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What you should know about Clean Beauty

19 Sep 2020
by M. Toledo

There was a time before I knew about clean beauty. Parabens, artificial fragrance, silicones? I'd never heard of them. How things can change! Lately, it's a big hit in the world of skin care: clean beauty. But what is clean beauty? What sets it apart from 'regular' beauty? And natural beauty, does that mean the same thing? Sometimes skin care can get a little confusing, right? Let's dive into clean beauty. :)

At Little Wonderland, we think it's wonderful when costumers make conscious choices when it comes to their skin care. It's one of the reasons we add the ingredient list to our products whenever possible. But what does 'clean beauty' really mean? Is clean beauty the same thing as natural beauty?

Clean beauty at Little Wonderland

At Little Wonderland, we generally call a product clean beauty if it doesn't contain any ingredients that consumers want to avoid when they choose for clean beauty. This boils down to artificial fragrance and coloring, parabens, mineral oil, SLS/SLES and silicones. 

Clean beauty: what is it?

But actually, clean beauty isn't a very clear concept. It's not a clearly defined label, which basically means that manufacturers can create their own definition of clean beauty. Generally speaking, clean beauty refers to products that have been developed with awareness and care. Often, certain synthetic ingredients are kept out, like silicones, parabens or synthetic fragrance.

But there's more: a lot of clean beauty focuses on sustainability; the packaging can be made from recycled materials, or the manufacturer makes an effort to diminish their ecological footprint. If you purchase clean beauty, there's a big chance that it's a combination of all these elements. Clean beauty isn't very specific, it's more like a blanket term.

Lastly, it's important to note that 'natural' doesn't automatically mean that a product is mild or that it can't be harmful. You'll find that there are a lot of toxic substances that are natural. Evidently, there is a huge range of 'chemical' ingredients that have a great track record, and of which the efficacy and safety has been proven by a big body of research and data, backed by dermatologists and skin experts worldwide. 

Pure beauty?

Cosmetic companies love buzzwords like natural beauty, clean beauty and pure beauty, because consumers tend to be attracted to them. If you want to make conscious skin care choices, perhaps it's more effective to look out for the following concepts and/or criteria: cruelty free, organic, natural and vegan. These labels are related to the general idea of clean beauty, but they all mean something different and are more regulated and specific if you compare them to 'clean beauty'. 

Skin care guideline

  • Cruelty free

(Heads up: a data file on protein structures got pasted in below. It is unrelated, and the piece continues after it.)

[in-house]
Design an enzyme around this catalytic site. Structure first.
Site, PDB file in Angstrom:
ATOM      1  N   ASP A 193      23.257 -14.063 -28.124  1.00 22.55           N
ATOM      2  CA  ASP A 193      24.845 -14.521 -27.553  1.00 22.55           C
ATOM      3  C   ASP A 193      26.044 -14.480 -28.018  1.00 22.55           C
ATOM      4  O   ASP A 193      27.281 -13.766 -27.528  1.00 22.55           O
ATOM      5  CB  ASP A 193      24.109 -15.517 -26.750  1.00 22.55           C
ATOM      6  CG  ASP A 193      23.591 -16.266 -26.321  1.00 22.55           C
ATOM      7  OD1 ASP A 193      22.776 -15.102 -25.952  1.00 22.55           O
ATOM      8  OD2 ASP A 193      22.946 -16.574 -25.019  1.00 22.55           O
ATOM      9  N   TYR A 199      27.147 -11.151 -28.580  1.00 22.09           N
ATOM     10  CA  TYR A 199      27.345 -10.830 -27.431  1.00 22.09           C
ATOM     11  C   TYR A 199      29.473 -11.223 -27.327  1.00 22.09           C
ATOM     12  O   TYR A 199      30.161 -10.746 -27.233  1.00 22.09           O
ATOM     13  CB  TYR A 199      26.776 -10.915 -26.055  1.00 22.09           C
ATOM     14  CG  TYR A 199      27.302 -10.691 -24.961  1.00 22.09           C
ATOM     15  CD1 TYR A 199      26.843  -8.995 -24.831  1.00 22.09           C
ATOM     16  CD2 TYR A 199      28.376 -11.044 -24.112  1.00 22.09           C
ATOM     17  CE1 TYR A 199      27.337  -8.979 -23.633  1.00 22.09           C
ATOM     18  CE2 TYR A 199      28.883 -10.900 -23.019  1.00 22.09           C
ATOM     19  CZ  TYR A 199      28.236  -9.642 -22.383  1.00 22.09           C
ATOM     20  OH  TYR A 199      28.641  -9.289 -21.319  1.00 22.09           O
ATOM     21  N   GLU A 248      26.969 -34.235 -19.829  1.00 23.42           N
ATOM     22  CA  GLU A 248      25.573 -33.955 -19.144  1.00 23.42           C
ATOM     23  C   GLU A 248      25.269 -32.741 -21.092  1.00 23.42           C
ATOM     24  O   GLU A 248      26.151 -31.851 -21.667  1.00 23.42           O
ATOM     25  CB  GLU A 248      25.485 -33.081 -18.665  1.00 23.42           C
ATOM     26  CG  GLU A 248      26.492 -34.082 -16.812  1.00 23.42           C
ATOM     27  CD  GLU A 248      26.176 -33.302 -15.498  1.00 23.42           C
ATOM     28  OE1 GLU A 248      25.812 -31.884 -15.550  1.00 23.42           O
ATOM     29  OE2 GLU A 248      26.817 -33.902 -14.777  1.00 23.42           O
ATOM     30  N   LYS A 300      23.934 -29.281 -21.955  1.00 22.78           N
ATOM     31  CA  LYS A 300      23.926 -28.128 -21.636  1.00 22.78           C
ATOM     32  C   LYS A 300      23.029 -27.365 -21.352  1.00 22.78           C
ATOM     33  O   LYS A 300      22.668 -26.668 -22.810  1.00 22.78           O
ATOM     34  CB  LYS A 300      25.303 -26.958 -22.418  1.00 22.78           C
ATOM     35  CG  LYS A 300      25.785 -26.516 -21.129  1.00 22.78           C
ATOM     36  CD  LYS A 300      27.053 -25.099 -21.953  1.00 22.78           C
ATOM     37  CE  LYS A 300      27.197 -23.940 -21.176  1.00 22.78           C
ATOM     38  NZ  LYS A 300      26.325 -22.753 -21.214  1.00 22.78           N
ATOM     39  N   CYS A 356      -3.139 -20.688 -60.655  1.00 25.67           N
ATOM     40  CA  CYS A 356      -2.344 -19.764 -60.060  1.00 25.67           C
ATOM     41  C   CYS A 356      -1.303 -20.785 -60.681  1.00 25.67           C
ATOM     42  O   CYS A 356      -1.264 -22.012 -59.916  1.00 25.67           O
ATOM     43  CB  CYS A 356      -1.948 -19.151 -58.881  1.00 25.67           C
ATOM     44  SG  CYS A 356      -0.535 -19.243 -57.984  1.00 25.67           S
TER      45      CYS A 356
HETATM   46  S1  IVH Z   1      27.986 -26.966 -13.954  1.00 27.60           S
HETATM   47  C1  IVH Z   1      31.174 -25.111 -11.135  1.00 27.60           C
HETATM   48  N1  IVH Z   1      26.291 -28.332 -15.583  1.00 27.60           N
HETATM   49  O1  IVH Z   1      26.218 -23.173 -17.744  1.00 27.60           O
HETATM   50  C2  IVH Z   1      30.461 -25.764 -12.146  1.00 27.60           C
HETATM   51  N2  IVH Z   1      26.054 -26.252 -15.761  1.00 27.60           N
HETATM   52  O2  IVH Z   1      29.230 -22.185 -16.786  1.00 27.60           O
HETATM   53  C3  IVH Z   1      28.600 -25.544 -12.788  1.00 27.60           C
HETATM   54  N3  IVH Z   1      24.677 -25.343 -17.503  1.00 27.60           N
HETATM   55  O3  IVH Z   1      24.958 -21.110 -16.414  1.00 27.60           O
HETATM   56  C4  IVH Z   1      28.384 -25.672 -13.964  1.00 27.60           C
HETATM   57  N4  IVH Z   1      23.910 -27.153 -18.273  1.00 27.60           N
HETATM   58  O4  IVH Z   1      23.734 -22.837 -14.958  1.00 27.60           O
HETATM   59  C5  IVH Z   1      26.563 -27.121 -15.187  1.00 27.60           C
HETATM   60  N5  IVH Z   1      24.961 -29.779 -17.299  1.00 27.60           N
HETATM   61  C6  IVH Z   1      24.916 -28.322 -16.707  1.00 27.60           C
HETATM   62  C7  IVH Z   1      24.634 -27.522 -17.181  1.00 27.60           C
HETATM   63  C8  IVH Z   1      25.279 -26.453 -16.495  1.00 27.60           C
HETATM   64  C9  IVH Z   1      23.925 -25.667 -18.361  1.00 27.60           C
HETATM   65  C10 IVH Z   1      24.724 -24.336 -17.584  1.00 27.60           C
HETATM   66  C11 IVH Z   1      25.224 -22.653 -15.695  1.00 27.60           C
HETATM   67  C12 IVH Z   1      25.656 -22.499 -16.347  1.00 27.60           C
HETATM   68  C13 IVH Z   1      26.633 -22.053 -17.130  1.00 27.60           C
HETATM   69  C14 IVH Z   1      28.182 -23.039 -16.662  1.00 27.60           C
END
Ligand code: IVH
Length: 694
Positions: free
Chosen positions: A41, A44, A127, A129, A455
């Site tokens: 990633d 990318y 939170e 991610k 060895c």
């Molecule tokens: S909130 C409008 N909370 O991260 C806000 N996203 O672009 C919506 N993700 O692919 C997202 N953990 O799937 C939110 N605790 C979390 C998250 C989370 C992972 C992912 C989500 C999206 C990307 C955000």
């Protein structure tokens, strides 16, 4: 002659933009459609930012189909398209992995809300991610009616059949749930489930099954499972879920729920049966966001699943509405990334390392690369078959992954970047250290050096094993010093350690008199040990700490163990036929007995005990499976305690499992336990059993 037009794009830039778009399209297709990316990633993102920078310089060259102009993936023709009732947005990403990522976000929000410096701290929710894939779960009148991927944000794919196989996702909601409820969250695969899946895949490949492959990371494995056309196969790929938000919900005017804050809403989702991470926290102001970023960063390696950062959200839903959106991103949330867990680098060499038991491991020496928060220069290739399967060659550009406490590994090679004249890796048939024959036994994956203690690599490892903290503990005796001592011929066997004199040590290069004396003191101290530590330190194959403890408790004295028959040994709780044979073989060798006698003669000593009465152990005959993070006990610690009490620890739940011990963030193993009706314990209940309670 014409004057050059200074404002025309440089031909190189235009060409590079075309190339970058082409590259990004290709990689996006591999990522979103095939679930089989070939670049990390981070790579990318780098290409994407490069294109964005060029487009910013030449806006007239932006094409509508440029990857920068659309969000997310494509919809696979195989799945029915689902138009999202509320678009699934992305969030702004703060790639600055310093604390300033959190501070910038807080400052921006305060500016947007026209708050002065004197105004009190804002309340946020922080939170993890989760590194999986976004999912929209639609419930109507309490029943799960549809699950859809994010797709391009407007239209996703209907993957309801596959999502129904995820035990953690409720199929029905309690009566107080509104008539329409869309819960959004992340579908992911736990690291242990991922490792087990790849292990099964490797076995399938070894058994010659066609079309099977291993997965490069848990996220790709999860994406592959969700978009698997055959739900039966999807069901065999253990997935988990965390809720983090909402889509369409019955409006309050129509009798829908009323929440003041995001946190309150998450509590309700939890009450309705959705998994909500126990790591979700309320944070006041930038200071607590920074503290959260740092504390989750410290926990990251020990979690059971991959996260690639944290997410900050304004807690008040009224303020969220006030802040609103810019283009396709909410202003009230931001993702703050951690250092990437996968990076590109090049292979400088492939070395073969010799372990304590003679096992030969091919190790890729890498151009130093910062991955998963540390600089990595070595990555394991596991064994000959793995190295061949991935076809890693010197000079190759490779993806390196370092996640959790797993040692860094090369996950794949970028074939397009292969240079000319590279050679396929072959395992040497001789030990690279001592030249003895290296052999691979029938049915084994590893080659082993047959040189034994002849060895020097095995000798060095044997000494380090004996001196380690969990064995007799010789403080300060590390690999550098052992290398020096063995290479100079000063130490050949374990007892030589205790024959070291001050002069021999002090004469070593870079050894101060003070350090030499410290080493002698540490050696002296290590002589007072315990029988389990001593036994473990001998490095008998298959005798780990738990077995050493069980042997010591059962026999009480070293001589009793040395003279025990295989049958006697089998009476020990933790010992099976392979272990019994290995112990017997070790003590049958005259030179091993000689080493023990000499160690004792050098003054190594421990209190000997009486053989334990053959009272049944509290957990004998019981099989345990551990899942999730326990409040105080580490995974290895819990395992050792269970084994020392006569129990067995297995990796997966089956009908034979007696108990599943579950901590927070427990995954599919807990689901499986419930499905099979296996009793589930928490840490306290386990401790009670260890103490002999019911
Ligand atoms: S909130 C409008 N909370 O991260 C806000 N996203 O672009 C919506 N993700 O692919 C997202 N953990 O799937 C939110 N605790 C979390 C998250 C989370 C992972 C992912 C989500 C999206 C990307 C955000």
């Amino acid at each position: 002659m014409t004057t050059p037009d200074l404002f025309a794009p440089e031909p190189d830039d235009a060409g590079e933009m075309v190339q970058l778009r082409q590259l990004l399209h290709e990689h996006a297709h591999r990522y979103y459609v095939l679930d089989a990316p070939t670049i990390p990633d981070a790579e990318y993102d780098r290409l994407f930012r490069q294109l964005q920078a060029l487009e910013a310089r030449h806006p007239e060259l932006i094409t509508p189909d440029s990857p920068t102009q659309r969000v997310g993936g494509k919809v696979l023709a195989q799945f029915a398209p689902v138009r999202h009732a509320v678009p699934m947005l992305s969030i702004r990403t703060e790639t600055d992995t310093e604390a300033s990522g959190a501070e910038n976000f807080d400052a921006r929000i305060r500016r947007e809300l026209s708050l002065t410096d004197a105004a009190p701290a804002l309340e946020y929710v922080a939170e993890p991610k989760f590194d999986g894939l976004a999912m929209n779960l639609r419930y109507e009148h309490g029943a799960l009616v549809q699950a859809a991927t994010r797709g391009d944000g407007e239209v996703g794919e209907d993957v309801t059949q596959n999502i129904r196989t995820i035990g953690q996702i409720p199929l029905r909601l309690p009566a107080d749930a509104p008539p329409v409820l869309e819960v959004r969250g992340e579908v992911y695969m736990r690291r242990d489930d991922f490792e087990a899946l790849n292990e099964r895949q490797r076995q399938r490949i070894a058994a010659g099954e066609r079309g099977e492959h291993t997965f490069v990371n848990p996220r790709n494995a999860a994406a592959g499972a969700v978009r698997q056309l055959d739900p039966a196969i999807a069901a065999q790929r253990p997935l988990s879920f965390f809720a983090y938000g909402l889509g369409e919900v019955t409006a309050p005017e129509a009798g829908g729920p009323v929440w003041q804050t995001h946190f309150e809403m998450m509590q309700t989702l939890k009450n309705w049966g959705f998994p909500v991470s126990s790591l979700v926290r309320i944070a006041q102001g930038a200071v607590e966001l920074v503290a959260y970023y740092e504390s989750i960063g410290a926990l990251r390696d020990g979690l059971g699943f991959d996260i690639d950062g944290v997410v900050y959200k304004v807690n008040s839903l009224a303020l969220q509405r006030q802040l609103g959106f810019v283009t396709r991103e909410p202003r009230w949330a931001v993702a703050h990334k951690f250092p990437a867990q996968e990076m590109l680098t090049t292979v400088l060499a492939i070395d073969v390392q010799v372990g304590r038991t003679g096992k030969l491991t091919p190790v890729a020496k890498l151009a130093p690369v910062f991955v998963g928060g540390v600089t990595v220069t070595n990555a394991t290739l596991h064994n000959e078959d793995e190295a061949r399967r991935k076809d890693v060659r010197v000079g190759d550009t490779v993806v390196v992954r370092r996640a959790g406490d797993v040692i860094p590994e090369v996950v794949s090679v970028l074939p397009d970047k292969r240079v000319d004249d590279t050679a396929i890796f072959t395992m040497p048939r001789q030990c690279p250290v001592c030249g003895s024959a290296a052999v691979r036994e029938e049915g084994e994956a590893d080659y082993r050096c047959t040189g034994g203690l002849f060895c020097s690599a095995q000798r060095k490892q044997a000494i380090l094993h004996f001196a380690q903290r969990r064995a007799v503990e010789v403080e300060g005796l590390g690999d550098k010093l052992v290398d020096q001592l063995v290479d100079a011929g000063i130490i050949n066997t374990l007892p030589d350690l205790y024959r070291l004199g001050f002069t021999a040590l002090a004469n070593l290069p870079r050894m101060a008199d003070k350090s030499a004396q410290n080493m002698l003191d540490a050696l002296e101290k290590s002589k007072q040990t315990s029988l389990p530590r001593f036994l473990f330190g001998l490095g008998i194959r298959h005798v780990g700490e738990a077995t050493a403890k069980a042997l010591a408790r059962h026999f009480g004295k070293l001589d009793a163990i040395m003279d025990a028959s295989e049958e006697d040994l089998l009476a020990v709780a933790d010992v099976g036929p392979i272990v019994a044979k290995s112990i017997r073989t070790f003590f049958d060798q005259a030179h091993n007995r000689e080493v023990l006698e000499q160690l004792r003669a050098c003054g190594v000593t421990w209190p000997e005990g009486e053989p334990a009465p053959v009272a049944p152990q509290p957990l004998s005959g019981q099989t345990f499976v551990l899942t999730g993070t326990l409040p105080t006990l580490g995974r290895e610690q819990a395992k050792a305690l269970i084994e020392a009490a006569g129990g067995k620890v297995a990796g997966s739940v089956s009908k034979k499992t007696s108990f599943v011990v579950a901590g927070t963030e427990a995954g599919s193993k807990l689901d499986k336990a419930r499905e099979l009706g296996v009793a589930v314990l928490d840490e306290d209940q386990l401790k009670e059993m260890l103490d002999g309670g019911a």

Cruelty free cosmetics aren't tested on animals. So, by law, companies have to prove that they don't test their products on animals to brand their skin care cruelty free. For a long time, products that were sold in China weren't cruelty free, because the Chinese government made animal testing mandatory for all cosmetic products before they could enter the Chinese market. From 2020 onward, this is going to change. Great news for everyone who loves cruelty free cosmetics, and who doesn't?

 

  • Organic (ECOCERT/COSMOS)

Most organic skin care has an ECOCERT/COSMOS certification from ECOCERT, an organic certification organization based in France that operates worldwide. The COSMOS approval means that a product contains at least 95% ingredients of a plant based origin, and at least 10% ingredients of an organic origin. To bear this label, the manufacturer has to follow additional protocols. The raw materials used in the manufacturing process have to be sustainable, and it's not allowed to formulate skin care products using GMO's (genetically manipulated materials). The packaging has to be either recyclable or biodegradable. So if you want to choose organic cosmetics and skin care with mostly natural ingredients, it's a good idea to be aware of this. 

 

  • Natural

Natural cosmetics can bear a COSMOS stamp of approval too. While this doesn't mean that the products are organic, they do have to adhere to certain standards. In this case, that means that at least 50% of the ingredients are from a plant-based origin, and at least 5% of the ingredients are organic. Skin care products that show the 'COSMOS Natural Cosmetics' label, have been produced following the same strict rules concerning the use of sustainable packaging and the total ban on the use of genetically manipulated materials. So if you want legit natural skin care, and you're serious about making the right choice, this can be helpful while buying skin care products.

 

  • Vegan

Vegan formulas don't contain any animal derived substances, like honey, snail or pig collagen. Products can be cruelty free, but not be vegan at the same time. For instance, a snail essence that hasn't been tested on animals. Complicated right? Who said skin care was easy. ;) To put it simply, if a cosmetic and/or skin care brand uses the trademarks mentioned above here, you can rest assured that the product you're using is both vegan and cruelty free. They are two of the most commonly used quality labels issued to vegan and cruelty free products.

 

Clean beauty: it may sound like a buzzword, but if you ask me, a conscious approach to skin care is here to stay. I hope my blog has left you feeling informed, and not overwhelmed. If you have questions about a particular brand or product, our customer service will gladly help. Have a great skin-day!

XXX, Marthe

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